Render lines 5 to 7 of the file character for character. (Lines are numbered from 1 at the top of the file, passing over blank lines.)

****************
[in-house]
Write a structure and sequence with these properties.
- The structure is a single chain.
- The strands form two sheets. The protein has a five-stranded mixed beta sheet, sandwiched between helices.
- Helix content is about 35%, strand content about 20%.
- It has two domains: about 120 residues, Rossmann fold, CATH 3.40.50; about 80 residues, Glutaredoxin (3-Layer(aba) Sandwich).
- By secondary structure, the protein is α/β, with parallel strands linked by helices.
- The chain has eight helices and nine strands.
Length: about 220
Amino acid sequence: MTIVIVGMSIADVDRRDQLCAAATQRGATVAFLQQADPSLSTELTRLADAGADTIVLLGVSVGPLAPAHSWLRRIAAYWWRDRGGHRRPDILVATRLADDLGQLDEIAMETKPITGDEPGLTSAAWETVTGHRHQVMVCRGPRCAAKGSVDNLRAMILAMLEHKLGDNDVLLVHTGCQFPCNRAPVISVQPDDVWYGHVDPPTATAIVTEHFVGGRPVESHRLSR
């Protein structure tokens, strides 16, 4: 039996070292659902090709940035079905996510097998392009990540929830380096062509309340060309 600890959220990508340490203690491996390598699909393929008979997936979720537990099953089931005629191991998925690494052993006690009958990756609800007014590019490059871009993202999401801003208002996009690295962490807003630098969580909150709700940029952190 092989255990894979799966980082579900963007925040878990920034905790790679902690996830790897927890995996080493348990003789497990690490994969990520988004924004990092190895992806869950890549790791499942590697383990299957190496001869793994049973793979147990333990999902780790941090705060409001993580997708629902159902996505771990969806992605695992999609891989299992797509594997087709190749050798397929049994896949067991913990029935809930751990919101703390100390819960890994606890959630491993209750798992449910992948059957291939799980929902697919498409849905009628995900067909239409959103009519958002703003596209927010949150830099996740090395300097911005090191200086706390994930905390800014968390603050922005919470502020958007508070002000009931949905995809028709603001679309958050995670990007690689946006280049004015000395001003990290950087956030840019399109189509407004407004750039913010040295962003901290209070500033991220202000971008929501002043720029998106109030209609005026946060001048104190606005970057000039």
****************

- Helix content is about 35%, strand content about 20%.
- It has two domains: about 120 residues, Rossmann fold, CATH 3.40.50; about 80 residues, Glutaredoxin (3-Layer(aba) Sandwich).
- By secondary structure, the protein is α/β, with parallel strands linked by helices.